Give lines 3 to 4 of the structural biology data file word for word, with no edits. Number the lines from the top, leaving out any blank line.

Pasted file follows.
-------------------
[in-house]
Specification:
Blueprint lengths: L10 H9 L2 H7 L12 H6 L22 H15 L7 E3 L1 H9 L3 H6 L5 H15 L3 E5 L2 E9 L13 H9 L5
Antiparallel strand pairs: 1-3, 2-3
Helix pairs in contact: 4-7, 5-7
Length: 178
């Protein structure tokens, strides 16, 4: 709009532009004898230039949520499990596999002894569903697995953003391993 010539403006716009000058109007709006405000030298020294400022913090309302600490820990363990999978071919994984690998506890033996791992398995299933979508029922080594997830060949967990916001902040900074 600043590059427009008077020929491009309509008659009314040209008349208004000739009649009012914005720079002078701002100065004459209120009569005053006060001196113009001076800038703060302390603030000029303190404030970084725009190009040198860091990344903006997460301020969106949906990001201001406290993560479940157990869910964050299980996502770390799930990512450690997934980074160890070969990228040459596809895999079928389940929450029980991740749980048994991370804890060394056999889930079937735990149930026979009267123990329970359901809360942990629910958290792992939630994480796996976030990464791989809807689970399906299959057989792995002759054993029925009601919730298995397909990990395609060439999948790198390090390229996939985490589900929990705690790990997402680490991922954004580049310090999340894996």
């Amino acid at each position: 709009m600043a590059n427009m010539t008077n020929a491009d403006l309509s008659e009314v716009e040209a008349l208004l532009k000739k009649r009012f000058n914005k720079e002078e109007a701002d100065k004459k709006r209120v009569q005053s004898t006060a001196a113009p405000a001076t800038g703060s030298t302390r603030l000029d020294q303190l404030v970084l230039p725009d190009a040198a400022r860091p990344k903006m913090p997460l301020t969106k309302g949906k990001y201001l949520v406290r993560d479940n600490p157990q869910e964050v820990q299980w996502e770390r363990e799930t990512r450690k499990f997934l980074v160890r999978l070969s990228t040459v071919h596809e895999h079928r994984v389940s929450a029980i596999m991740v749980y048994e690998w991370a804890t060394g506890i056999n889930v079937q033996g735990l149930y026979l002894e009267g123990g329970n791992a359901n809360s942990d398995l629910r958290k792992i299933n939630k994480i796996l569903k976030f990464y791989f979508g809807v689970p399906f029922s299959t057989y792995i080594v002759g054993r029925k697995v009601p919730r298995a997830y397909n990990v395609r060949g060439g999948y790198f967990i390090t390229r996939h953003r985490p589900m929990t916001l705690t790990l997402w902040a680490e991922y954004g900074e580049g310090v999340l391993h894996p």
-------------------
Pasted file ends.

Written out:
Blueprint lengths: L10 H9 L2 H7 L12 H6 L22 H15 L7 E3 L1 H9 L3 H6 L5 H15 L3 E5 L2 E9 L13 H9 L5
Antiparallel strand pairs: 1-3, 2-3